United Kingdom of Great Britain, Victoria for Hong Kong, 1 Dollar 1867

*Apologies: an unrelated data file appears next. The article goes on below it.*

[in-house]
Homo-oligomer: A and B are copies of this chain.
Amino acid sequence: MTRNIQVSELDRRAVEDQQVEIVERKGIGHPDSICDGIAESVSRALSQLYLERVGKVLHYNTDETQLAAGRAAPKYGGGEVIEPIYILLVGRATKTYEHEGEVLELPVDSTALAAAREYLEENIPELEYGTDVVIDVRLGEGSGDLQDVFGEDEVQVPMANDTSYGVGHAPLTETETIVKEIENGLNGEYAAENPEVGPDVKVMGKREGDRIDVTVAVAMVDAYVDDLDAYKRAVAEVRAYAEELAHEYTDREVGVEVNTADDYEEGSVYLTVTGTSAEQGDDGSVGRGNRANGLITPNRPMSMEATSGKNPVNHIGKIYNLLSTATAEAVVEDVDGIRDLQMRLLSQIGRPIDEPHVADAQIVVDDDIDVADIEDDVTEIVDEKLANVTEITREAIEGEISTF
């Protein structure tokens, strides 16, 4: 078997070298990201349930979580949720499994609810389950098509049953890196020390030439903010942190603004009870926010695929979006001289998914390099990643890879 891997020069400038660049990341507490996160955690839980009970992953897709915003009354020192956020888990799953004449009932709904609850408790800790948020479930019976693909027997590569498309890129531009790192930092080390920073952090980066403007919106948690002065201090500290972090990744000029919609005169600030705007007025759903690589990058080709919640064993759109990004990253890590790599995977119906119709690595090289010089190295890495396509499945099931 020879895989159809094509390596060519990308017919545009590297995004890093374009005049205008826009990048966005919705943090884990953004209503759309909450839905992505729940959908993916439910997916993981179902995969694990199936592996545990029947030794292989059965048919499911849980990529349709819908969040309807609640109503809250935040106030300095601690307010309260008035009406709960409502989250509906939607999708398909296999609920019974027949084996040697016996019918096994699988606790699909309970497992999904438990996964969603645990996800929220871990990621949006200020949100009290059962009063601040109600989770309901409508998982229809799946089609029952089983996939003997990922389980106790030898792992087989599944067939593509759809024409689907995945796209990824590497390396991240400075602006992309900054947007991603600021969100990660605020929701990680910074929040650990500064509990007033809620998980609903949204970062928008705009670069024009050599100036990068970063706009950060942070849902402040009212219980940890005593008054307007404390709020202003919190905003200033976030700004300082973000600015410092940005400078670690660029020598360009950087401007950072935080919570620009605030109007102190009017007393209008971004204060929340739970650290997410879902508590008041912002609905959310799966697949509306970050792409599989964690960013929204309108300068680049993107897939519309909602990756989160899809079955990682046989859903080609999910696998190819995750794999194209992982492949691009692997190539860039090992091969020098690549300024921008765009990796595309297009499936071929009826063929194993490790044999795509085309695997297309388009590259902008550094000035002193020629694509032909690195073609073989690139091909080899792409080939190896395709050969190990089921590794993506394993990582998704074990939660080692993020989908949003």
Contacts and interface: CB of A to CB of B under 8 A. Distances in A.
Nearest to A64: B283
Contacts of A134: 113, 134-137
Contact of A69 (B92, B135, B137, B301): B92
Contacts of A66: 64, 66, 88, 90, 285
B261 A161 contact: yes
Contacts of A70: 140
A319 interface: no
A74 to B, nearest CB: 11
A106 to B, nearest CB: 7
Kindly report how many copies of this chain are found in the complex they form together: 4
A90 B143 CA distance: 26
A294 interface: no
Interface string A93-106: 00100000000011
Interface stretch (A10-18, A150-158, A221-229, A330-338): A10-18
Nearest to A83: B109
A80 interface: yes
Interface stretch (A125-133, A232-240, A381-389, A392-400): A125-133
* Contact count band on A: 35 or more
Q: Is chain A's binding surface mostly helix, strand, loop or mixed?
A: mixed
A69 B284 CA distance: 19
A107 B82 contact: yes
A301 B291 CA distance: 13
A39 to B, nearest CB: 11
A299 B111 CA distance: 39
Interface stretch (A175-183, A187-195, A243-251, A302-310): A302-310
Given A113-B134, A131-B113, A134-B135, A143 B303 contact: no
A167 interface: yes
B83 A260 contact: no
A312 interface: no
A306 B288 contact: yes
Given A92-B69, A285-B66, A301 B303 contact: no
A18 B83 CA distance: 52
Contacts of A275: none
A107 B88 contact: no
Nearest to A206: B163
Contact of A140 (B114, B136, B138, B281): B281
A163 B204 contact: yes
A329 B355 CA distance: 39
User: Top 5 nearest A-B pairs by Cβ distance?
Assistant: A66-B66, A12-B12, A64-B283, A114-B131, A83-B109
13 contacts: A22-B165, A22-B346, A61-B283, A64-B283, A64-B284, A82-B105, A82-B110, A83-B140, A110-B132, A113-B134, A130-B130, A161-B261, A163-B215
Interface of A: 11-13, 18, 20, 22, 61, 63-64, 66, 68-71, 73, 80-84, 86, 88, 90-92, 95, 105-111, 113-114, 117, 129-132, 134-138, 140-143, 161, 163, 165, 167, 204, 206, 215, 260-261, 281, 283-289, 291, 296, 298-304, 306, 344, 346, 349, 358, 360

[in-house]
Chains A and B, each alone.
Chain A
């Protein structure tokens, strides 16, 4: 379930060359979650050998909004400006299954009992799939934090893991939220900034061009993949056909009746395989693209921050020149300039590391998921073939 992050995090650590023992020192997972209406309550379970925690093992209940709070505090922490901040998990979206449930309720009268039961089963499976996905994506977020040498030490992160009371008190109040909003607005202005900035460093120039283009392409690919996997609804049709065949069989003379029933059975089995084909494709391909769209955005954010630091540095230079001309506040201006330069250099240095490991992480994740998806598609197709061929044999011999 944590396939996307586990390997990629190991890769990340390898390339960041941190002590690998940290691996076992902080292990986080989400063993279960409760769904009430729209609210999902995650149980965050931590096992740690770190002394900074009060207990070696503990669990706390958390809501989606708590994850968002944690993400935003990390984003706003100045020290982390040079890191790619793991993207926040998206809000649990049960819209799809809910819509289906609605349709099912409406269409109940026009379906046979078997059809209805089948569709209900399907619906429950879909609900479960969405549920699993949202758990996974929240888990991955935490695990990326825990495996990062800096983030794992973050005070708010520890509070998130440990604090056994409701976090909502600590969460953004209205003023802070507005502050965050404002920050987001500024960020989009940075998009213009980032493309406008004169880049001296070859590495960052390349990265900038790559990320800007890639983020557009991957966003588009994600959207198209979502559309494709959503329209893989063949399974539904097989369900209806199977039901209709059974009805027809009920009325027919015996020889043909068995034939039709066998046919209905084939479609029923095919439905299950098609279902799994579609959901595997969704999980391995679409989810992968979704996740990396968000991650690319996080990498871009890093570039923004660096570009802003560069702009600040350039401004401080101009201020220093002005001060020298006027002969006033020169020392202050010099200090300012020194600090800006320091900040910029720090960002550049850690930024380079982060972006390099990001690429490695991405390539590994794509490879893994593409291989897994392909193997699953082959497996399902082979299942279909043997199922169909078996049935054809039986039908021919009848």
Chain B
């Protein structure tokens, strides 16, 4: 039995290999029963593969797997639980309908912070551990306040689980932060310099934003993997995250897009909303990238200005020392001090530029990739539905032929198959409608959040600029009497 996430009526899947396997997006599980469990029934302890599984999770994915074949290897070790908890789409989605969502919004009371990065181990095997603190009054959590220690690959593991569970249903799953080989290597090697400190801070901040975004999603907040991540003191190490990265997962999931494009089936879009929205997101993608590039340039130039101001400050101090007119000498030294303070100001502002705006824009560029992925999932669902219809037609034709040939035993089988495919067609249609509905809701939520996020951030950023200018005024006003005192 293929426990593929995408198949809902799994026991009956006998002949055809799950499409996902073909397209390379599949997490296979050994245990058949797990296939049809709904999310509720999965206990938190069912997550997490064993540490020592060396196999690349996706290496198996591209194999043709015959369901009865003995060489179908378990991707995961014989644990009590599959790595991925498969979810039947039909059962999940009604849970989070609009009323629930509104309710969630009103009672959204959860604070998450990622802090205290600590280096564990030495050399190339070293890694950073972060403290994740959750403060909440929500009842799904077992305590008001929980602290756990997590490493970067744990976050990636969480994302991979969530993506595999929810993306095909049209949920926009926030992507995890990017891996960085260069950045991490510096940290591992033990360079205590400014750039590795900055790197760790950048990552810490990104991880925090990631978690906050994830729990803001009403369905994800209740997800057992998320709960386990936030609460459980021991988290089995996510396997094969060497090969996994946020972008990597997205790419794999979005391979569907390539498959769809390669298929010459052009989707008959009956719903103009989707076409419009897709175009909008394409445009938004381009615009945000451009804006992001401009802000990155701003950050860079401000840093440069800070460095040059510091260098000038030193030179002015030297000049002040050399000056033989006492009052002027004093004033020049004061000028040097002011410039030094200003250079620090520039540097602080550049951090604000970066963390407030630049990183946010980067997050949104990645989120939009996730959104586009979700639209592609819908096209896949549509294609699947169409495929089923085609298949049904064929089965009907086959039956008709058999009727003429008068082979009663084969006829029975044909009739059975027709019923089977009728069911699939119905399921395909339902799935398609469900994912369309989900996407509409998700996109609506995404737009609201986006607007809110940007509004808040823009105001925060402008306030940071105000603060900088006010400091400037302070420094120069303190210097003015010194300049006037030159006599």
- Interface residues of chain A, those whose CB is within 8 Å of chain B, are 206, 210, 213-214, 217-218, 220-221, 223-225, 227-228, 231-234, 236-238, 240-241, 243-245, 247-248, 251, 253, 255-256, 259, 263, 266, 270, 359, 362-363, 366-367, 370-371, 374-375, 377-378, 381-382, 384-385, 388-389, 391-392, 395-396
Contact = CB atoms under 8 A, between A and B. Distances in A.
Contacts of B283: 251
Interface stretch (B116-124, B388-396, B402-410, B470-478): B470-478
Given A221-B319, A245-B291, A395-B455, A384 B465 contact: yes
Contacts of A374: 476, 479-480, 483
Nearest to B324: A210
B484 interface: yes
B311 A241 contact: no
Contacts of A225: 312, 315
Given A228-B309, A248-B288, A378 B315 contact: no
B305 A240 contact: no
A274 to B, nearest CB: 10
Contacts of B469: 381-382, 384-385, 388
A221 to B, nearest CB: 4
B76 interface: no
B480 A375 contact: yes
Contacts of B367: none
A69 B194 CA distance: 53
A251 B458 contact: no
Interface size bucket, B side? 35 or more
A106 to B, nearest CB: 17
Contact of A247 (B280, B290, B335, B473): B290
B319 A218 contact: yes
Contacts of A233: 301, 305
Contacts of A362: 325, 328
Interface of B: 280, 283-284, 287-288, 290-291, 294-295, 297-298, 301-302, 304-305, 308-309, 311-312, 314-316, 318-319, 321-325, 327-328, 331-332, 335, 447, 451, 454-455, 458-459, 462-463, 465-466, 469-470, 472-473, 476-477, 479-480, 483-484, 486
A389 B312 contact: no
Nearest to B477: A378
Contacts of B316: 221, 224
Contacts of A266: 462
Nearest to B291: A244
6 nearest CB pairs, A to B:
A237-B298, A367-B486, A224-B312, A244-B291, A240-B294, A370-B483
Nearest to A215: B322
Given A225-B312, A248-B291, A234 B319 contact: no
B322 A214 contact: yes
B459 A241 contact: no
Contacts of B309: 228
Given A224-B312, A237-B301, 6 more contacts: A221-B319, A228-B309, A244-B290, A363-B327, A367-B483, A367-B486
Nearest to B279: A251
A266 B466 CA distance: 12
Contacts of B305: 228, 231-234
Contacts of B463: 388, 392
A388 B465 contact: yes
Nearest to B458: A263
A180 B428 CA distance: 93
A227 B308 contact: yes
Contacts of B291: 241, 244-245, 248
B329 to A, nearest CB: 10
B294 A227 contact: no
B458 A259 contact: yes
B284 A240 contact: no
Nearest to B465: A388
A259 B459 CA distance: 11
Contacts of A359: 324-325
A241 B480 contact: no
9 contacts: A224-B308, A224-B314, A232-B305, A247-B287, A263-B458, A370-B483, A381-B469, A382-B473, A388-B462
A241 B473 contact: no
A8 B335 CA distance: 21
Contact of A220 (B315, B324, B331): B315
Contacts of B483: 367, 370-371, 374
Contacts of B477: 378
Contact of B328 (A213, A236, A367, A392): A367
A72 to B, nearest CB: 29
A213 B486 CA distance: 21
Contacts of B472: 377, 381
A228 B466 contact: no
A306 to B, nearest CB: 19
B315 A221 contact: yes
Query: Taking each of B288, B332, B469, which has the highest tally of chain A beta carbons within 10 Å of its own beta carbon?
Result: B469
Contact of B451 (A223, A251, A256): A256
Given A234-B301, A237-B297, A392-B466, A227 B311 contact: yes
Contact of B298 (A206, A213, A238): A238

Today, one pays with Hong Kong dollars in Hong Kong, thanks to the British queen Victoria (1837-1901), who had such dollars minted in the years 1866-1868 as silver trade coins. The Hong Kong dollars were to replace the Spanish-Mexican pesos, the most popular trade coins in China at that time. However, the Hong Kong dollar did not prevail over the peso; after only two years, its coinage had to be ceased. In 1895, a new attempt was made: A trade dollar was issued for East Asia, which eventually evolved into the Hong Kong-dollar still in use today. It bore the image of Queen Victoria on its obverse; the reverse showed ornaments and Chinese and English legends as well as the date of issue.